Up until now, more than a week after, the business community still can't get enough on the merits of the Cebu outbursts of two senior assistant governors (SAG) of the Bangko Sentral ng Pilipinas (BSP) with fellow economic journalists on the receiving end.
The news pains me simply because I’ve known both SAGs when I was deep into covering the banking and finance beat. I must admit they’re fiery and passionate, which goes with the position and the responsibilities, very forthright but still amiable to discuss issues, which at times for my edification only.
It saddens me because the outbursts happened before a crowd of visiting central bankers, top bank executives-analysts and no less during an international event, which was totally 360 degrees reversal to the mild-mannered demeanor I’ve known them to be.
I, too, had my share of being admonished by no less than the sitting Central Bank Governor due to the peso story I’ve written, which he opined and in his own words: “has affected the institution negatively.” This was the time when Central Bank coffers were profusely in hemorrhage condition and the authorities had no way to protect the local currency.
The press corps then was warned against writing about base money, broad money, M1, M2, M3, money multiplier but we had our way of getting these confidential statistics. And in fairness, these scolding sessions were done in the confines of the conference room of 501 and nobody hears the exchanges. That’s decency and respect for our profession.
Now back to the Cebu incidents, it’s a bit oxymoron when the lady SAG suggested, to say the least, for market players/market movers – the analysts and economists – to stay clear from journalists when the issue being discussed was the effectiveness in communicating financial stability.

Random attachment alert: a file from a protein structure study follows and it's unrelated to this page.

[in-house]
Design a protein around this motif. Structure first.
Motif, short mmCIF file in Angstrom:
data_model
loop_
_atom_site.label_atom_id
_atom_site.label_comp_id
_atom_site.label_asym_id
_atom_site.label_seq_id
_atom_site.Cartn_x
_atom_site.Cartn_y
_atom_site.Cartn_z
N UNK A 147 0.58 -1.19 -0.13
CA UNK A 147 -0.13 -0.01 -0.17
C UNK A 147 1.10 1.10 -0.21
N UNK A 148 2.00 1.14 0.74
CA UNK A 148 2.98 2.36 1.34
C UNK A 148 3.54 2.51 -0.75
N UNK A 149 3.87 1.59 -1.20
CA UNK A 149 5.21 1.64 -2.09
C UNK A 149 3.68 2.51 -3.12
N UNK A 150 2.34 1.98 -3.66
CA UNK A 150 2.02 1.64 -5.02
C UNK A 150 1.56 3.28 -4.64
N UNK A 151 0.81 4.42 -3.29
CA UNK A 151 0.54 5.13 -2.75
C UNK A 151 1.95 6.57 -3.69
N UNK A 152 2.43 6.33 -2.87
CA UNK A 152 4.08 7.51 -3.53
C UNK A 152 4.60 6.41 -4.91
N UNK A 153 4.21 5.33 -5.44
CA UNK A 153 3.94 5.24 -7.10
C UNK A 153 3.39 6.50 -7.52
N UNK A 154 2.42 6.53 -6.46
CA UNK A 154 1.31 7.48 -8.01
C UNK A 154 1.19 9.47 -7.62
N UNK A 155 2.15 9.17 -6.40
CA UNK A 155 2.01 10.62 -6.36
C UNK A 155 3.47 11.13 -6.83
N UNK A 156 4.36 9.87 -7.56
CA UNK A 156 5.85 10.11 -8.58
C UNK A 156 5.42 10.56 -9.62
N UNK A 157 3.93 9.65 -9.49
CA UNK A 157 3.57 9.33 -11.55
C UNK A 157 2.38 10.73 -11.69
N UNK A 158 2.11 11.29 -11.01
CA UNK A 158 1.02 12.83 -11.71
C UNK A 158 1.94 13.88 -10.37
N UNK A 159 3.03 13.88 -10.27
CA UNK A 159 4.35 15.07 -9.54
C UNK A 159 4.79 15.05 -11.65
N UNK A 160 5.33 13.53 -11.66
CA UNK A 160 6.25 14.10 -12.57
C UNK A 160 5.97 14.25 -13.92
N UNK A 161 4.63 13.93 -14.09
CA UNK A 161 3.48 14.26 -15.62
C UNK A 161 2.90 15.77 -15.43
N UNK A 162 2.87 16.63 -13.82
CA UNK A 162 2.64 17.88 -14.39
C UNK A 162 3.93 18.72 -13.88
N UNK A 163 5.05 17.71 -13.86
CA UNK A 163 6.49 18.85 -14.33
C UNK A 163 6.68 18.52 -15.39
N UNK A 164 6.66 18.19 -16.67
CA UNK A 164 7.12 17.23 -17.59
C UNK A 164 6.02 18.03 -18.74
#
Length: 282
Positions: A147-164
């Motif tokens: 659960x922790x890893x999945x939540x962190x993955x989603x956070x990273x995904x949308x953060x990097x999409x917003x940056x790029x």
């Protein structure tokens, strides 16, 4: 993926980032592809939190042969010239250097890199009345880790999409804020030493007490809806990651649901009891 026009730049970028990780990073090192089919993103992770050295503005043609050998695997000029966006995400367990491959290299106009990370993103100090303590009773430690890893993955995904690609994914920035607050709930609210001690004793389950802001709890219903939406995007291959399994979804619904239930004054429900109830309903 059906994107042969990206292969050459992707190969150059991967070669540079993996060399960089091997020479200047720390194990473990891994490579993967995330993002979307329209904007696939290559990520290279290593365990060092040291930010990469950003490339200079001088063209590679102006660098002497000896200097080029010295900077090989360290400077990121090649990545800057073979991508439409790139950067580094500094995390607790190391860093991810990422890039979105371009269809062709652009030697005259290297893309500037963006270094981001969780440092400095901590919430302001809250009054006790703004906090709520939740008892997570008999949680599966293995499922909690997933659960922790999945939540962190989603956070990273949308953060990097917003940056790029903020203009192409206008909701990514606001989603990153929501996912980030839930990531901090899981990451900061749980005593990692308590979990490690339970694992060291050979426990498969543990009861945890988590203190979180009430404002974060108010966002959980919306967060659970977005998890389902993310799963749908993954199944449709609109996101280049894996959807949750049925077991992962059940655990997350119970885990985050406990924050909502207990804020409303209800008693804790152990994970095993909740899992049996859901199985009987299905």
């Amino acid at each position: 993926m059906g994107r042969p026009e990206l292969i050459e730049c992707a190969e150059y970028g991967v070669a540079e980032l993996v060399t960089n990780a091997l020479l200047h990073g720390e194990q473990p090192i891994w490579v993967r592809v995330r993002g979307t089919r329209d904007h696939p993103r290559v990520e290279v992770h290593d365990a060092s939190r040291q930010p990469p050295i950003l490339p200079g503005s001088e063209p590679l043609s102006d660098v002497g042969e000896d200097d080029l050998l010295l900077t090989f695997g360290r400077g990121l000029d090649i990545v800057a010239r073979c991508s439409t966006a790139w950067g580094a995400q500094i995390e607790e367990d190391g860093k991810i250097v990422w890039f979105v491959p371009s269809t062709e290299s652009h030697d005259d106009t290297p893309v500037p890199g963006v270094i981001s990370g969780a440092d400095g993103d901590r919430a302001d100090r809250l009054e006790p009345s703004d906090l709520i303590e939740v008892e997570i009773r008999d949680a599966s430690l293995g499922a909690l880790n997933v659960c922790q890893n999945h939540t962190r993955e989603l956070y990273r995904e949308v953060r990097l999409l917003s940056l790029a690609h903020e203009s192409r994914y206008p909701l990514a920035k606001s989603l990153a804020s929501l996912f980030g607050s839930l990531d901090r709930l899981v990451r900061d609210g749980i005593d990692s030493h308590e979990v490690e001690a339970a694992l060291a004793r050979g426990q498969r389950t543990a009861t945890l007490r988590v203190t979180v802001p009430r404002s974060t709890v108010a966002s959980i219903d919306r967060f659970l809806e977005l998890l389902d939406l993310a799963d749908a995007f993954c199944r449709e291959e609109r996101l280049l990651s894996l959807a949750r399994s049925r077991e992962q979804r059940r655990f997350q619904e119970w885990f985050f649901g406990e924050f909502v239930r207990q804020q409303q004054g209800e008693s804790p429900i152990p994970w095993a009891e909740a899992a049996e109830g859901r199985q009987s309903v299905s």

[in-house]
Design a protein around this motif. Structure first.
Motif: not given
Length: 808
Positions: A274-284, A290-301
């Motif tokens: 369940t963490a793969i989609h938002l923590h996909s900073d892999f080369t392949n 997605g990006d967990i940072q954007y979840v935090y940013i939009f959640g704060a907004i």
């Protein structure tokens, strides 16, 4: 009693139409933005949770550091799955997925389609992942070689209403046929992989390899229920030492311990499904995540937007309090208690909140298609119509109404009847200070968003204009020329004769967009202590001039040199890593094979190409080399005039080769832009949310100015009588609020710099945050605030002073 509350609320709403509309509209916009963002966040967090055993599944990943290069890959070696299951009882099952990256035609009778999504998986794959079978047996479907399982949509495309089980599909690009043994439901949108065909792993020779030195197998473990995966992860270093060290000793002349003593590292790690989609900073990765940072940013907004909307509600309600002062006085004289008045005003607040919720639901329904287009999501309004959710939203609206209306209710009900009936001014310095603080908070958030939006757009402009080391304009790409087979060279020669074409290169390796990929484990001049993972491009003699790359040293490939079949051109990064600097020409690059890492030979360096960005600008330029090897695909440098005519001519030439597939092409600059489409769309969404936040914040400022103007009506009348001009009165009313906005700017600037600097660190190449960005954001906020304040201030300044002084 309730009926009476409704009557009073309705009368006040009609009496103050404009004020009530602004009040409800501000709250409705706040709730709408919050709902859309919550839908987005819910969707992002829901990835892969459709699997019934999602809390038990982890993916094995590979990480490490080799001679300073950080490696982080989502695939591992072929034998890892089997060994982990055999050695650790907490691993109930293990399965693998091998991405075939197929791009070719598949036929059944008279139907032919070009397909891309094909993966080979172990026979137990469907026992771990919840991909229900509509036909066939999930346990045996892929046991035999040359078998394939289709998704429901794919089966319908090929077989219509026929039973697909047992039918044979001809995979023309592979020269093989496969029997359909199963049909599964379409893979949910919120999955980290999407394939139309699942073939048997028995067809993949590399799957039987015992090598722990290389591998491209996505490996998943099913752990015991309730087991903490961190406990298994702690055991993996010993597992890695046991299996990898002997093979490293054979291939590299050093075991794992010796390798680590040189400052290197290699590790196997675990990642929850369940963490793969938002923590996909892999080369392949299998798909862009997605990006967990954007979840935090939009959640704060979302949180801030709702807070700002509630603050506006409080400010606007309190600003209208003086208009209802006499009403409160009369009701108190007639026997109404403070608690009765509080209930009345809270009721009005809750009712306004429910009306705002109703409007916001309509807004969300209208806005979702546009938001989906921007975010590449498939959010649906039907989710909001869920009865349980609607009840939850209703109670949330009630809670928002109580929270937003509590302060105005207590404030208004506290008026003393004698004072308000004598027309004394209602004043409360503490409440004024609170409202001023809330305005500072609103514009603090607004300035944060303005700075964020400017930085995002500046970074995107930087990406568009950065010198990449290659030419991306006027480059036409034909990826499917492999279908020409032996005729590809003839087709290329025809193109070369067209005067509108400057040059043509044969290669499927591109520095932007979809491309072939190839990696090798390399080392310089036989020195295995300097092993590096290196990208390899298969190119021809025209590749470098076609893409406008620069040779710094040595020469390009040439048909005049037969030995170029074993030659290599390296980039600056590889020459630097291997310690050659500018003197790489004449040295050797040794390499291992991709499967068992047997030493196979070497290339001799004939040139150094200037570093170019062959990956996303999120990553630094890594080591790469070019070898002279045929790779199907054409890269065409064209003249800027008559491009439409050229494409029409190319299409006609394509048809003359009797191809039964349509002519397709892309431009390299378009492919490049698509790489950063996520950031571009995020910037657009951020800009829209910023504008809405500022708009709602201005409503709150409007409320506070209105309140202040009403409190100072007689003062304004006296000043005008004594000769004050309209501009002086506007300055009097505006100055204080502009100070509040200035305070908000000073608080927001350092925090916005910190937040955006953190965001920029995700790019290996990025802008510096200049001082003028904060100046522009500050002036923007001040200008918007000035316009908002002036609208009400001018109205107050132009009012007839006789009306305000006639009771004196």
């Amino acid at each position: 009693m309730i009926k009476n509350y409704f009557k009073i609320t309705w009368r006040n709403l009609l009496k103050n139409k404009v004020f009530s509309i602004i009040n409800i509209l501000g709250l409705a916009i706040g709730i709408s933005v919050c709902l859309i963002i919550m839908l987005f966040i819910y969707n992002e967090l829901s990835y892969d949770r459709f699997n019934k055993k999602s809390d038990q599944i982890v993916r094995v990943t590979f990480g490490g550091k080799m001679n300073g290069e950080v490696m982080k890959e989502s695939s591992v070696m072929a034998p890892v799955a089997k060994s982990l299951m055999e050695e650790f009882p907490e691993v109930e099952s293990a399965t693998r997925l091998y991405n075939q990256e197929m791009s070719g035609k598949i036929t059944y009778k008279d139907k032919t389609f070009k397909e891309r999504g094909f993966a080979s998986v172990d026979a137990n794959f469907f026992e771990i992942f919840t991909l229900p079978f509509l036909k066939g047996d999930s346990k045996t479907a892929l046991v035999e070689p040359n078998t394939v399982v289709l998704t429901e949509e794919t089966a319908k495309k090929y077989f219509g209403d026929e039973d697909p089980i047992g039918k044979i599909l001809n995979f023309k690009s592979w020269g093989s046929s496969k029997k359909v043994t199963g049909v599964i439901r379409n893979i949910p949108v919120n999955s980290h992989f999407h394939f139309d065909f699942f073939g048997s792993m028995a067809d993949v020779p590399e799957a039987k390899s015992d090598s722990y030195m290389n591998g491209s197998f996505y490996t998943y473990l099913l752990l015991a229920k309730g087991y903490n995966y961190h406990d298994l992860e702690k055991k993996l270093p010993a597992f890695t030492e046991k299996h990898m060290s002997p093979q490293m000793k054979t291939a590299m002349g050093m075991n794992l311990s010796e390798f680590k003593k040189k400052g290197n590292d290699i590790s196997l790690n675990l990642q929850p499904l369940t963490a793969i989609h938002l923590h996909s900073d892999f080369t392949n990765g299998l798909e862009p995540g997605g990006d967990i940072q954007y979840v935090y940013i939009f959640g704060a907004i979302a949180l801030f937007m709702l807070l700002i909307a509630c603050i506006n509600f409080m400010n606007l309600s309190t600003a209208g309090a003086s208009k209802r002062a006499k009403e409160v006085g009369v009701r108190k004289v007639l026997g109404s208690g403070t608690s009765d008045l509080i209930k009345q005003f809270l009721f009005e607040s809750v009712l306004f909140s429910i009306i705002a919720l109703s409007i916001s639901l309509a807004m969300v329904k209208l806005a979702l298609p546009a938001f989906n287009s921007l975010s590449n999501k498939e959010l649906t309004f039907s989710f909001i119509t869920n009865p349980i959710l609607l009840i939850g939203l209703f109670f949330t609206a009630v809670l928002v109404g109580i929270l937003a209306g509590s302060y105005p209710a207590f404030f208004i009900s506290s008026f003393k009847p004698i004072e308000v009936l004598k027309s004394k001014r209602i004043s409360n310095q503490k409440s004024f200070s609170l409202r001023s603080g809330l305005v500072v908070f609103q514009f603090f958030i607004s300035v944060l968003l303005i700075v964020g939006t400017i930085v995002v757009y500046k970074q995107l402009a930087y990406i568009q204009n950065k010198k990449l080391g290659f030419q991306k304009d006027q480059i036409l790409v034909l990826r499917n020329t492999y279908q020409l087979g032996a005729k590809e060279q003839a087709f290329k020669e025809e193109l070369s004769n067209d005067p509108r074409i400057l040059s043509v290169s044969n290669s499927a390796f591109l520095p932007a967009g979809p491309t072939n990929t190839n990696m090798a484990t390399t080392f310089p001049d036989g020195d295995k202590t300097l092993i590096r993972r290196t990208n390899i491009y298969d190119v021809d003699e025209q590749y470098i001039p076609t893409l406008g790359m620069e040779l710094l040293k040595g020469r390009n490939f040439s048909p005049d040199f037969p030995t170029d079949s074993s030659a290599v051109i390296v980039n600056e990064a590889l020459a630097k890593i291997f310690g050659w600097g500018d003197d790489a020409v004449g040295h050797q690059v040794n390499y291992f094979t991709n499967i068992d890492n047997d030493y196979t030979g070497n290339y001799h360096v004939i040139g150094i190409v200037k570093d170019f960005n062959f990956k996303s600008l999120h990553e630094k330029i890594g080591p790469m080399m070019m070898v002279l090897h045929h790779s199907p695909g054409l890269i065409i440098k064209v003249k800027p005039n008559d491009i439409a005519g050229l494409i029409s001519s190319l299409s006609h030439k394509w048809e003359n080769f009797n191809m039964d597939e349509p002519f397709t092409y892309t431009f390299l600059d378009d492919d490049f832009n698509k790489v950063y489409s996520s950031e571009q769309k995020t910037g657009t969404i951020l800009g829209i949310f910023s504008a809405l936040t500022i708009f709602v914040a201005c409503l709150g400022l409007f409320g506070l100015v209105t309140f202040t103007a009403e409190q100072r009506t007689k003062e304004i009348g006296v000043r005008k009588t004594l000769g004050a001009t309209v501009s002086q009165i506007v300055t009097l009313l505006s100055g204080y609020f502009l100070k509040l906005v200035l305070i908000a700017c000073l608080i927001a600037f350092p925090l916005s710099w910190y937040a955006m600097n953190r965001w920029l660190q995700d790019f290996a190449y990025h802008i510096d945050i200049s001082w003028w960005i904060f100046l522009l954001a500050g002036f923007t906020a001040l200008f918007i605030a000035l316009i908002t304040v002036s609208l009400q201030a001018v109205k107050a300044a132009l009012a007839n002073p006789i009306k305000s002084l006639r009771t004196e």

It was a bit harsh to label, in a carte blanche manner, the country’s journalists’ propensity to “misinterpret or misrelay” information. I fully agree with SAG's take on “responsible communication.”
There is no such thing as overcommunication. Such depends on which side one is on. As a rottweiler journalist, I would always go for the kill. The eloquence of the source in answering queries filled with banana peelings is almost, always most desired.
But this does not necessarily mean that we twist and turn the statements of the source. The information is presented/written as factual as it is dished out but then again a comparative comment from the counter party must likewise be obtained to present a comprehensive story.
The reason why journalists in the field are called reporters is because they report what is happening, the developing stories. The presentation is factual, no sugar coating, no misinterpretation simply because this is what the stakeholders – the reading public – expect the reporters to tell.
Yes, journalists have this inherent malicious character, a skill that allows us to shift through the information and data given by the source of news. And, press releases are the basis but are not the be all and end all of our story. Interviews are needed to be able to explain the issue fully. Otherwise, reporters will only be the mouthpiece of the source.
Besides, under the present environment and because of social media, it’s easy as a breeze to get comments from economists, bank analysts and bank treasurers. More often, their reactions are already posted on Twitter, Facebook and Instagram.
I will not pass judgment on why such outbursts happened. Instead, I fervently look forward to an olive branch reaching all parties concerned.
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